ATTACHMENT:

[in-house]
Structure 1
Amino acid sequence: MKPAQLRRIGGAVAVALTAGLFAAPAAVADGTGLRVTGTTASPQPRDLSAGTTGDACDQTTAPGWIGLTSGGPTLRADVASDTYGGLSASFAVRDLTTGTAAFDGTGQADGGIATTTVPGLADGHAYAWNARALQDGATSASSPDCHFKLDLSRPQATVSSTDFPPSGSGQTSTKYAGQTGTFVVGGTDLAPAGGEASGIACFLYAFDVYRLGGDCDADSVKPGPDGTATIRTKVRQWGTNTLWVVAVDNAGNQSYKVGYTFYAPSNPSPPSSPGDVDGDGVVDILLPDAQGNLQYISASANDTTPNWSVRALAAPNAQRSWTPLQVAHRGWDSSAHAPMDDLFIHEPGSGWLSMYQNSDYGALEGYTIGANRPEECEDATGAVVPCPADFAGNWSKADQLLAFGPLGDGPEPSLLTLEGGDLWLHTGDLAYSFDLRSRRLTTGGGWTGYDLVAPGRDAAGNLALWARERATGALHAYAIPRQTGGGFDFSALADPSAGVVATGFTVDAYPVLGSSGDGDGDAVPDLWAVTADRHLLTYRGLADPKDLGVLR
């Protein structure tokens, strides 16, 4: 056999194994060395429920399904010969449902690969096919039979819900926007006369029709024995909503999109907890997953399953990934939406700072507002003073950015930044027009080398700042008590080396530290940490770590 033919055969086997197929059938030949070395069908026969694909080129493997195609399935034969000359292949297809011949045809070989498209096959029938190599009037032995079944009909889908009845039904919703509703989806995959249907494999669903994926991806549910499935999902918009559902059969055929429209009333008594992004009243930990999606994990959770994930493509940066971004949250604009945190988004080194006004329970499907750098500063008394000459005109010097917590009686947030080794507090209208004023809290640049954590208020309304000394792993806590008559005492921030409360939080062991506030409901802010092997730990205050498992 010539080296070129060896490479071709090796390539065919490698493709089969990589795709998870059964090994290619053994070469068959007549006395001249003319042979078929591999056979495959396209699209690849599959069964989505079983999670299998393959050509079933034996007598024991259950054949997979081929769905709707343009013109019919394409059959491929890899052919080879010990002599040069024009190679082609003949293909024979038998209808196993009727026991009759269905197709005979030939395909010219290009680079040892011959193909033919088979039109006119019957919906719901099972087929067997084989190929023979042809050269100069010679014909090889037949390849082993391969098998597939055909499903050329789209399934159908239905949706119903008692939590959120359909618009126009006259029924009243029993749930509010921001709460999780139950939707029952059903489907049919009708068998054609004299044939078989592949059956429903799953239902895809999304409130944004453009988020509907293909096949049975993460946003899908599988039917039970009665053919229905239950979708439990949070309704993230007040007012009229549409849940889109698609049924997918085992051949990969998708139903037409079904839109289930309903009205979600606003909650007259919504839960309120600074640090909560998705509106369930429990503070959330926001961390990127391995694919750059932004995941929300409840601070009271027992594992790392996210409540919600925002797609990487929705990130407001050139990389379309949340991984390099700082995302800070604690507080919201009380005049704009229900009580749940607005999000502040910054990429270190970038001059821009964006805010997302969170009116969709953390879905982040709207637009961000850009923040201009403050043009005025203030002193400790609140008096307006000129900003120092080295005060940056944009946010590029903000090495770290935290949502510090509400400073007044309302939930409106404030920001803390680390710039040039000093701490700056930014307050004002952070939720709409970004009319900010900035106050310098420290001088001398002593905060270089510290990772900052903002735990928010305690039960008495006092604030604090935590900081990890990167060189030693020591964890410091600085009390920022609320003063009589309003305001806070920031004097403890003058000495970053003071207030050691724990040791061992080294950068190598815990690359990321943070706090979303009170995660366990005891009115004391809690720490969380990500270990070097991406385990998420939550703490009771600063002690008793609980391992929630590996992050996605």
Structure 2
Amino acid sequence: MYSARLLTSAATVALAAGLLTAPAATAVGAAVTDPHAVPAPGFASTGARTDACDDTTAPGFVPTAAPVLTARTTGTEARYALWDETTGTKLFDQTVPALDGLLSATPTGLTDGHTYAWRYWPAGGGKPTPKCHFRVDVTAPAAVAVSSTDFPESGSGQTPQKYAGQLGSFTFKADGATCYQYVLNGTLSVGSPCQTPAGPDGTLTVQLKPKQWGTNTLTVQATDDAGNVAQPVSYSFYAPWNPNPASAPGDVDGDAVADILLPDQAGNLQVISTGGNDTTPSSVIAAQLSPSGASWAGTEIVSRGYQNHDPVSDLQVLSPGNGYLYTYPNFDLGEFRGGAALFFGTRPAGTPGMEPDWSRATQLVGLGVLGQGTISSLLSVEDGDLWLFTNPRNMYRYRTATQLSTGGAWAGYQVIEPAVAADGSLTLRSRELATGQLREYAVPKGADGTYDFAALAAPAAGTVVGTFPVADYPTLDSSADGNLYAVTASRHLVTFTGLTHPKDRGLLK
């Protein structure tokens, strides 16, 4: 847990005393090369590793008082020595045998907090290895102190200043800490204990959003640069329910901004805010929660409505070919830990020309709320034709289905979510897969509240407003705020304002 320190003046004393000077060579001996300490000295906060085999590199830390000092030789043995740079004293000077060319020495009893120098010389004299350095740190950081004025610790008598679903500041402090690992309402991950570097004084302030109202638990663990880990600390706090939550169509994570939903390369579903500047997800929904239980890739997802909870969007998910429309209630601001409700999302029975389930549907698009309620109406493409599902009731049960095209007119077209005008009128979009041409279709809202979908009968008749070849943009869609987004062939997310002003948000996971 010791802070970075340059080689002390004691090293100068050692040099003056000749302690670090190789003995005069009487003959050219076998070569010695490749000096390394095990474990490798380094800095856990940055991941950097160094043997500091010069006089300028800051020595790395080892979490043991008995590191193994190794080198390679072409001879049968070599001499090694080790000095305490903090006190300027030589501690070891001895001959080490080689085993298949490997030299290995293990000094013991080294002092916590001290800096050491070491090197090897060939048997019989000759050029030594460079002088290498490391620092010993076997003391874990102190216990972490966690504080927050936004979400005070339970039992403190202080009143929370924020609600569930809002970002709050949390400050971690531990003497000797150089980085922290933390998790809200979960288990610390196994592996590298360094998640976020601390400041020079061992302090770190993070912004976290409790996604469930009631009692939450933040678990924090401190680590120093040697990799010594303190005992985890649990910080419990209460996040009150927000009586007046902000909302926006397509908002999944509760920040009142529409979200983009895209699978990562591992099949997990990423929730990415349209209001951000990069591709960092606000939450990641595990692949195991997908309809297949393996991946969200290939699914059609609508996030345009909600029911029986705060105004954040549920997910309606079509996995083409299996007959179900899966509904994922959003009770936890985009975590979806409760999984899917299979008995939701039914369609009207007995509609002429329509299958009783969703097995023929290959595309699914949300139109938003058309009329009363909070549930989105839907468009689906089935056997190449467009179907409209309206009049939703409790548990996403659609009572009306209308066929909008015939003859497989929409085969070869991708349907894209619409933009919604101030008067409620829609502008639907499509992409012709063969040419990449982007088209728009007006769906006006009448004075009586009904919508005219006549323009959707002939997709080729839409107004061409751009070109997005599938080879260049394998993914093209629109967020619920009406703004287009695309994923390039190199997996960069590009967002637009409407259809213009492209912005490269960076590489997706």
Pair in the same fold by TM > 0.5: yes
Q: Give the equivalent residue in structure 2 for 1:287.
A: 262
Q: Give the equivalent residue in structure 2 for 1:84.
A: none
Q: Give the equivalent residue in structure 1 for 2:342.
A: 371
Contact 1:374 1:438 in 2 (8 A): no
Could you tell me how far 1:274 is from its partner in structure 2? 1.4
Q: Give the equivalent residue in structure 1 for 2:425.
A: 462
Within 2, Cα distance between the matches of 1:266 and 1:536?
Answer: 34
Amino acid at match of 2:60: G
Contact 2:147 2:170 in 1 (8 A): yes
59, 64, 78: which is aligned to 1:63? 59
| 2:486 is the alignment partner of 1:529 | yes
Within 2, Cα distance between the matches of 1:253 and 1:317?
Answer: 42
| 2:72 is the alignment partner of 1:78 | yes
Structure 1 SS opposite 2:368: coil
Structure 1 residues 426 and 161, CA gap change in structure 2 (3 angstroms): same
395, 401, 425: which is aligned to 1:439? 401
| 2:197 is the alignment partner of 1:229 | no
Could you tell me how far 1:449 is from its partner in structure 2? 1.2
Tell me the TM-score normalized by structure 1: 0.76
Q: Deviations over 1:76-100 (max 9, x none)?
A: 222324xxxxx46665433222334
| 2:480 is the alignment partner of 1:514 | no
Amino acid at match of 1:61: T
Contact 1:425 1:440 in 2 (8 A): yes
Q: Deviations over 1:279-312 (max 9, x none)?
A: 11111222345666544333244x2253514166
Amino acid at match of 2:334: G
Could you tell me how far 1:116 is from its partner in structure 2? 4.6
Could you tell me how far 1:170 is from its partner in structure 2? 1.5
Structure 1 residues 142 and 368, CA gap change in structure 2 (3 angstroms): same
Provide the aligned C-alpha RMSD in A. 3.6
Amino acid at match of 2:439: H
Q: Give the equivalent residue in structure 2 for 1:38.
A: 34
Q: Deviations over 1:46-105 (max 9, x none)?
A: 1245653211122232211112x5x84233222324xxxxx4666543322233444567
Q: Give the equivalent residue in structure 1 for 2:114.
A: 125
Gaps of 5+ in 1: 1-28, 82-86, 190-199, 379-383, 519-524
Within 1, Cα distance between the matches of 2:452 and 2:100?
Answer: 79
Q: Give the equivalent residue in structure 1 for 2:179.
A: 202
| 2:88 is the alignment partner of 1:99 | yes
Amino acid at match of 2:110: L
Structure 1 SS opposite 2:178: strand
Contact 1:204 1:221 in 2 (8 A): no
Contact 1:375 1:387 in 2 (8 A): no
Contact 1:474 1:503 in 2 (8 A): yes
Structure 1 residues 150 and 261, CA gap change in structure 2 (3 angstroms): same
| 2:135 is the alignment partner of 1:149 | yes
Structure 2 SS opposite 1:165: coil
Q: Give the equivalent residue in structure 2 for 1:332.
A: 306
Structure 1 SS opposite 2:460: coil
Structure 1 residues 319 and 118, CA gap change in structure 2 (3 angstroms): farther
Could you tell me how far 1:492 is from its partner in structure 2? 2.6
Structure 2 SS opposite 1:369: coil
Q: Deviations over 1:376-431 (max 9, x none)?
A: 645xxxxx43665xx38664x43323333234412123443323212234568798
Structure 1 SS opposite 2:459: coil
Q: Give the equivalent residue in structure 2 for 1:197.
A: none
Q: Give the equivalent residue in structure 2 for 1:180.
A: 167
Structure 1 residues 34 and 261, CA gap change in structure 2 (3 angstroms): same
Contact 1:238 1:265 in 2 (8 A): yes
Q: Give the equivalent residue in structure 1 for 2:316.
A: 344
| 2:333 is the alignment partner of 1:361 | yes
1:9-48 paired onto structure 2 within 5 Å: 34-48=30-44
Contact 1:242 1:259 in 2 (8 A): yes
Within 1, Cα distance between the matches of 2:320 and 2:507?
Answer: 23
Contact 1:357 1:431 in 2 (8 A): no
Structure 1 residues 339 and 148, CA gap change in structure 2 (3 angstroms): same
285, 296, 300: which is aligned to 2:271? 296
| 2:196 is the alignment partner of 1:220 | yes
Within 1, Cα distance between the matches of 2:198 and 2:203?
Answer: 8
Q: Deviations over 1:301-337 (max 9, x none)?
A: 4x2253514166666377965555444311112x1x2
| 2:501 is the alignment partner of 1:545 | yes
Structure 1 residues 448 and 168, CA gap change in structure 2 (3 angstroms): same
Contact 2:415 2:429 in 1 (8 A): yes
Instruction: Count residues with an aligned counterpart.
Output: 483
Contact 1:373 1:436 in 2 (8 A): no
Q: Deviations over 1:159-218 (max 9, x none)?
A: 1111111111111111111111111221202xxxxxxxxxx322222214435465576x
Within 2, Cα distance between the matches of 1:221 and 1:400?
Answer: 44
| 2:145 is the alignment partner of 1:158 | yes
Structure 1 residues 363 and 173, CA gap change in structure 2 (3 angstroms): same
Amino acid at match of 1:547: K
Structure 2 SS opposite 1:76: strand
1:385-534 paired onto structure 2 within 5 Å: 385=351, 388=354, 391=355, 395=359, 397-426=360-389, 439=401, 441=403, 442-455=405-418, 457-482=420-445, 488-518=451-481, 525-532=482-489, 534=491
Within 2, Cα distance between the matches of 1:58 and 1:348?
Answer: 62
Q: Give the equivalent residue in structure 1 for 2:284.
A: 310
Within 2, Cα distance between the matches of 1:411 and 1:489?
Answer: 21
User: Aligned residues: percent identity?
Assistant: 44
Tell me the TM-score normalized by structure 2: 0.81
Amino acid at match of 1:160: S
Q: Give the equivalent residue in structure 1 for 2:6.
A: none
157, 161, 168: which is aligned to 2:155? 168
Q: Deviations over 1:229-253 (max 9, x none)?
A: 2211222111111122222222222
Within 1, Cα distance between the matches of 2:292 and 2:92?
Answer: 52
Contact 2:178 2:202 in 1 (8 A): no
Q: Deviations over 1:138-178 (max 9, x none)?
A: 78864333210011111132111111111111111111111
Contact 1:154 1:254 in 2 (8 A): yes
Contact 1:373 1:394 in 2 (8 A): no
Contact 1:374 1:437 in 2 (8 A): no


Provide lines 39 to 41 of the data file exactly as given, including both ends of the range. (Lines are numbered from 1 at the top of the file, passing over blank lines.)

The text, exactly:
Q: Deviations over 1:279-312 (max 9, x none)?
A: 11111222345666544333244x2253514166
Amino acid at match of 2:334: G